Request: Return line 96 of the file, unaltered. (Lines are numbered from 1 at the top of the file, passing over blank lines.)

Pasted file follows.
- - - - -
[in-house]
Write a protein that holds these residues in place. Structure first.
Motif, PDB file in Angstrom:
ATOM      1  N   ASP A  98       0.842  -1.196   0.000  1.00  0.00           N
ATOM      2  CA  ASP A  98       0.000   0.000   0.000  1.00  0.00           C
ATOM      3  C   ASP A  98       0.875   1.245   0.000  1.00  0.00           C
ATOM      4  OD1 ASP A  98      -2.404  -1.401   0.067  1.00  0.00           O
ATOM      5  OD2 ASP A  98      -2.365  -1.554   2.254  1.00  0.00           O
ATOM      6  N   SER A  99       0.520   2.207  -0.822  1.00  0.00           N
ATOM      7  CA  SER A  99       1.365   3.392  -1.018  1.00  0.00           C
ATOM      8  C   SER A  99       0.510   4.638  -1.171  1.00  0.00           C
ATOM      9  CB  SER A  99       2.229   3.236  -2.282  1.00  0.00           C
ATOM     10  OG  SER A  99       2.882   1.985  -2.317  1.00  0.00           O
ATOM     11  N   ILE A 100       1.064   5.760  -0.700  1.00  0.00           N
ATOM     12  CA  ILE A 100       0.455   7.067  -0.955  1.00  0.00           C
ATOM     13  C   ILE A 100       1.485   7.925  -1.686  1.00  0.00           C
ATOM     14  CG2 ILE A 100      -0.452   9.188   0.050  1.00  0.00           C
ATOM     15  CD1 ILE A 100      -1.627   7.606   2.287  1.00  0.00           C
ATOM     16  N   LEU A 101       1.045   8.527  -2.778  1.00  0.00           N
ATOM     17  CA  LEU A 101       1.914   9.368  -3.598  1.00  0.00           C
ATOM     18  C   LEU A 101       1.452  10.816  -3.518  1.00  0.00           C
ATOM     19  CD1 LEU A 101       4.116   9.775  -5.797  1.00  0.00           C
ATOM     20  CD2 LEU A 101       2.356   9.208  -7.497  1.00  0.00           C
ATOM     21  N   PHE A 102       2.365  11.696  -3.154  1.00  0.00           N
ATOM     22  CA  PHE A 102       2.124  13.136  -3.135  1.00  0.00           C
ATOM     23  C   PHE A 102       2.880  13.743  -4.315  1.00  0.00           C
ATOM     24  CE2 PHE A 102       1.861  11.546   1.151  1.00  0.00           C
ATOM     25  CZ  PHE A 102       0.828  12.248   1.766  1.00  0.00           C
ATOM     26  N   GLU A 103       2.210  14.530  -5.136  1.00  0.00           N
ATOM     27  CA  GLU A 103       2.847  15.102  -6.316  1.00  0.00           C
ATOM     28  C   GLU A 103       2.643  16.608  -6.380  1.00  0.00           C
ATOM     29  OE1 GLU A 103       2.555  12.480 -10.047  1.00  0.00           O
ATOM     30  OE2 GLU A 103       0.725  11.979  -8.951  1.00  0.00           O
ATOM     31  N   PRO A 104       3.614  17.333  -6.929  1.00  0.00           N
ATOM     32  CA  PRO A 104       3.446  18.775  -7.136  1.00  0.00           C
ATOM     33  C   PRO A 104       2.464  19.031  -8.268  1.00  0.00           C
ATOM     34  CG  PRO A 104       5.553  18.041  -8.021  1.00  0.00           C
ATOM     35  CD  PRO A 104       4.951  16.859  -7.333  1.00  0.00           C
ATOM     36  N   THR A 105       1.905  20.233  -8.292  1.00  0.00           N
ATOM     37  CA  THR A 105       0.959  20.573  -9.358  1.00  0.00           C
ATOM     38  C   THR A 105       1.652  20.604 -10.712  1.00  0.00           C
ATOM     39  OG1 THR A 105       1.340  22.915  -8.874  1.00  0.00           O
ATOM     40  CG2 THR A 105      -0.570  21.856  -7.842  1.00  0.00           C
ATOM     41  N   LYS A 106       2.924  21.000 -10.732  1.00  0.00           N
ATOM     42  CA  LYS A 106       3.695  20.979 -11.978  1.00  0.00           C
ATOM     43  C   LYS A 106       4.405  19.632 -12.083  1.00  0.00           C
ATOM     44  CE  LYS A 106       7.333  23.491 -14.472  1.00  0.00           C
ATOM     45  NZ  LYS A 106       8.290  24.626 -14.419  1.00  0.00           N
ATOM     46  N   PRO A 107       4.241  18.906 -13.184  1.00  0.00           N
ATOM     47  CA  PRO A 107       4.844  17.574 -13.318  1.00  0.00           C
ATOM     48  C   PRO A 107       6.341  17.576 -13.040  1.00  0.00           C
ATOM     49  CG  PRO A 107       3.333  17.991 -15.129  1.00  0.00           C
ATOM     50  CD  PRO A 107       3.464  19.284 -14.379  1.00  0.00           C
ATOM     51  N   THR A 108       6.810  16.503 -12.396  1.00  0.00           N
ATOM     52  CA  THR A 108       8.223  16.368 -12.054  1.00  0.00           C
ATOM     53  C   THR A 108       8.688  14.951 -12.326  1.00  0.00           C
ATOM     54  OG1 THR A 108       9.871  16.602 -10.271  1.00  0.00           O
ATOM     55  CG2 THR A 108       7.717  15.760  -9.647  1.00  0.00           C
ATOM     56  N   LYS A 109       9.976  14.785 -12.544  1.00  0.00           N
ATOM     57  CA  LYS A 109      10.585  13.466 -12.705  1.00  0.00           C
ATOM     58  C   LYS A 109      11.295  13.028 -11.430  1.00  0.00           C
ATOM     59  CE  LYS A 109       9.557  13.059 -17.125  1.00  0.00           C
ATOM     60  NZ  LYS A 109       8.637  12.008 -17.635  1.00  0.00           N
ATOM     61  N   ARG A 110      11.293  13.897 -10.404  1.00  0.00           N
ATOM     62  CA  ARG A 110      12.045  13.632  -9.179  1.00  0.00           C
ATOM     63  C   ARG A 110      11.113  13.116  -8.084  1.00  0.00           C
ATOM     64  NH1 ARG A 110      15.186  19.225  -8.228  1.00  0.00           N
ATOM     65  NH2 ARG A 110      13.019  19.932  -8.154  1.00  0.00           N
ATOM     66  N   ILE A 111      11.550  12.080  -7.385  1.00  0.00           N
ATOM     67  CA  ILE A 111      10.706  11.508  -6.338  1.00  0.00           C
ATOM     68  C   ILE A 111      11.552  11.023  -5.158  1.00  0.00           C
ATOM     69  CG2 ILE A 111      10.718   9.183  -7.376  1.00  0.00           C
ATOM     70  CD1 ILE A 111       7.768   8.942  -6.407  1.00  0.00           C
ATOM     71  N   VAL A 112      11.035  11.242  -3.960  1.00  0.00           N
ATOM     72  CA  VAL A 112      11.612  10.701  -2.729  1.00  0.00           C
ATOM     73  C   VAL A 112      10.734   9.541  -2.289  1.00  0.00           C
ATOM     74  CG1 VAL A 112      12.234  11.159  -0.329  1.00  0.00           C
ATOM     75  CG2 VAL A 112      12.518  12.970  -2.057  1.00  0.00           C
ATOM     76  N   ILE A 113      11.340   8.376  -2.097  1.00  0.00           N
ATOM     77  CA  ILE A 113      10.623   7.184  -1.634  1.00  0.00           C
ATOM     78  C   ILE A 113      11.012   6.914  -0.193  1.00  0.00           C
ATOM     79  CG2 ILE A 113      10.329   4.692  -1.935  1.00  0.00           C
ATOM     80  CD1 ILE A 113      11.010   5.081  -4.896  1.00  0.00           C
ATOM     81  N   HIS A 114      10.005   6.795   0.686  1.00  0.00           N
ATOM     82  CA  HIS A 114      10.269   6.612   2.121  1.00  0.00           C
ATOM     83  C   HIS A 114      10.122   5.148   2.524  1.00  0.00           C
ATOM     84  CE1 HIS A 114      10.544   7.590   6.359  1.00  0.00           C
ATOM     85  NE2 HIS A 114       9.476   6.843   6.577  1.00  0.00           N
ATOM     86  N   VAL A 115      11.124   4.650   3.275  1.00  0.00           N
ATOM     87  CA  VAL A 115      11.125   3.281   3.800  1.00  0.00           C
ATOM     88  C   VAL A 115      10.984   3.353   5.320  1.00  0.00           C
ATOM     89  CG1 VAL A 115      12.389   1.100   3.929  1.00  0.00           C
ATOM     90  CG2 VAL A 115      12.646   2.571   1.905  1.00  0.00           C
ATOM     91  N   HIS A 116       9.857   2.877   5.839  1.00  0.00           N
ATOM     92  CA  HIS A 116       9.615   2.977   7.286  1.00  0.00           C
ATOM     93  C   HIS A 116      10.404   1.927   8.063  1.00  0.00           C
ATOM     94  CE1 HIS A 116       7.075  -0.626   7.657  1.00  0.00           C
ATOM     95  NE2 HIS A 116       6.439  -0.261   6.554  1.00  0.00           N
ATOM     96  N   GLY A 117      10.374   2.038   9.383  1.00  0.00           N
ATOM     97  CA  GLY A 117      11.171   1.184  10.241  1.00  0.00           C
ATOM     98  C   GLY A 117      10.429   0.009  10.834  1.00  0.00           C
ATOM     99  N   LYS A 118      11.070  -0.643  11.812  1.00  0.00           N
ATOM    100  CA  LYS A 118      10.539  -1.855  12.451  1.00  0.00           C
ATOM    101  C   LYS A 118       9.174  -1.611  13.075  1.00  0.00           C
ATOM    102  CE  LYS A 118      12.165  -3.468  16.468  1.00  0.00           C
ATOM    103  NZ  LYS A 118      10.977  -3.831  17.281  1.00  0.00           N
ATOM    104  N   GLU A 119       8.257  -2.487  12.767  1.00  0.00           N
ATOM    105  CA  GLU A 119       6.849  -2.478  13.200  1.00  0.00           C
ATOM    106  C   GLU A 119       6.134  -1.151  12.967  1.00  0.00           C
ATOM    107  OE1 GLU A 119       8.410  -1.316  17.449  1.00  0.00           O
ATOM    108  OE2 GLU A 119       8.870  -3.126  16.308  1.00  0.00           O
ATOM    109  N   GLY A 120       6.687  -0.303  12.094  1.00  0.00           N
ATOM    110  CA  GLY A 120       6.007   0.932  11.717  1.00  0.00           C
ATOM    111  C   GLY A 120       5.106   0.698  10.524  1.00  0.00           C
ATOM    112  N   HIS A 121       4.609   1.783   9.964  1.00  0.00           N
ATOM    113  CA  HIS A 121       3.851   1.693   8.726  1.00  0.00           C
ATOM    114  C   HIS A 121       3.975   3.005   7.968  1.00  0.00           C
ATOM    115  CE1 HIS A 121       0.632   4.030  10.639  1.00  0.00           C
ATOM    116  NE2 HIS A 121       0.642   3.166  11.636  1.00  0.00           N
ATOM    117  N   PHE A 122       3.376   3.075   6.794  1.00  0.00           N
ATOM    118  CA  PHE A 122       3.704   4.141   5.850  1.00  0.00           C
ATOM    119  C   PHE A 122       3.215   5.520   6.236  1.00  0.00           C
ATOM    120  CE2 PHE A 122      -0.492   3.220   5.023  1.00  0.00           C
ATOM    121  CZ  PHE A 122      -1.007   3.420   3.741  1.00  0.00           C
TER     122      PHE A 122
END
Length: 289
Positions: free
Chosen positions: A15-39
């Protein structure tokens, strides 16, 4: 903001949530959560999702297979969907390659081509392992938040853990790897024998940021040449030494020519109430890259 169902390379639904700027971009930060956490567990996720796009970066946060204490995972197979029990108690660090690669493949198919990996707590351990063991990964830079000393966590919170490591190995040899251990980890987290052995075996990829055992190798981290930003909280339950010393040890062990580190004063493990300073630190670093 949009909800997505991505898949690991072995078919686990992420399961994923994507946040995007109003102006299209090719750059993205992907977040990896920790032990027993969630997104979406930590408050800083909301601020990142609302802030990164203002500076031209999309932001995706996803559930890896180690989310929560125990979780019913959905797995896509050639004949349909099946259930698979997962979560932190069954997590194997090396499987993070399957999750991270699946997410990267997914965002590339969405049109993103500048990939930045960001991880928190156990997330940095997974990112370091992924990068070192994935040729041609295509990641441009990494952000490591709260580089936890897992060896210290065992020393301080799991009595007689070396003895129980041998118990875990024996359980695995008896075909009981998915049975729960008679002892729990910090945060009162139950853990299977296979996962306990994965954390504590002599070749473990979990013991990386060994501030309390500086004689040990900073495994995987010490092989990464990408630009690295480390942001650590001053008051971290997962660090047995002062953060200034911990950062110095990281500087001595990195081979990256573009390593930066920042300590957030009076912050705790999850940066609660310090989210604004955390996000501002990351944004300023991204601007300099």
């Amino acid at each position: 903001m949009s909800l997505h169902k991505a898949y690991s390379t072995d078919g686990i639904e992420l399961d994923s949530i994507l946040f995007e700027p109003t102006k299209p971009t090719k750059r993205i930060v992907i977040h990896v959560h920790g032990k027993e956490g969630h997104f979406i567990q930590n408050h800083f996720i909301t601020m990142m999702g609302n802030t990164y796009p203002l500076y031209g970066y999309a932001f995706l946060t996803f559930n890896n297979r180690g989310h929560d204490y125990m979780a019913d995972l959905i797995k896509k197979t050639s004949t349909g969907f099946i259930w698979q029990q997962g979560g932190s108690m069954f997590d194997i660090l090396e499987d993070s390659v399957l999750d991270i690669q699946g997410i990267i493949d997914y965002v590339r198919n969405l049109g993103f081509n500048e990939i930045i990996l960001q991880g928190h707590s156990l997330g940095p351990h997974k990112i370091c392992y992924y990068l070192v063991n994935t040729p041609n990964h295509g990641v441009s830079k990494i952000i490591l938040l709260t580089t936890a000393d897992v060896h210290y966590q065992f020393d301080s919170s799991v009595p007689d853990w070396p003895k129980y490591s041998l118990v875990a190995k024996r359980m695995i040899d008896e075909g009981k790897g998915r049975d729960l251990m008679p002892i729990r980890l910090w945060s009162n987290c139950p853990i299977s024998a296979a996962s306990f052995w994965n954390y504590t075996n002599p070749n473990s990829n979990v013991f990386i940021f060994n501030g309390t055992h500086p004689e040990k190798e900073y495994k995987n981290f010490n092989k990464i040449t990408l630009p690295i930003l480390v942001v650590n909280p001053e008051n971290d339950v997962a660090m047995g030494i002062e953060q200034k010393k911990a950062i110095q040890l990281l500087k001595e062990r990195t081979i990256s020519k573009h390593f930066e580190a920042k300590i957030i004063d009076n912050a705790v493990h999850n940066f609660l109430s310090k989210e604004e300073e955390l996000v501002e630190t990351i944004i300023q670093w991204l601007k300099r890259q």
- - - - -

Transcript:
ATOM     93  C   HIS A 116      10.404   1.927   8.063  1.00  0.00           C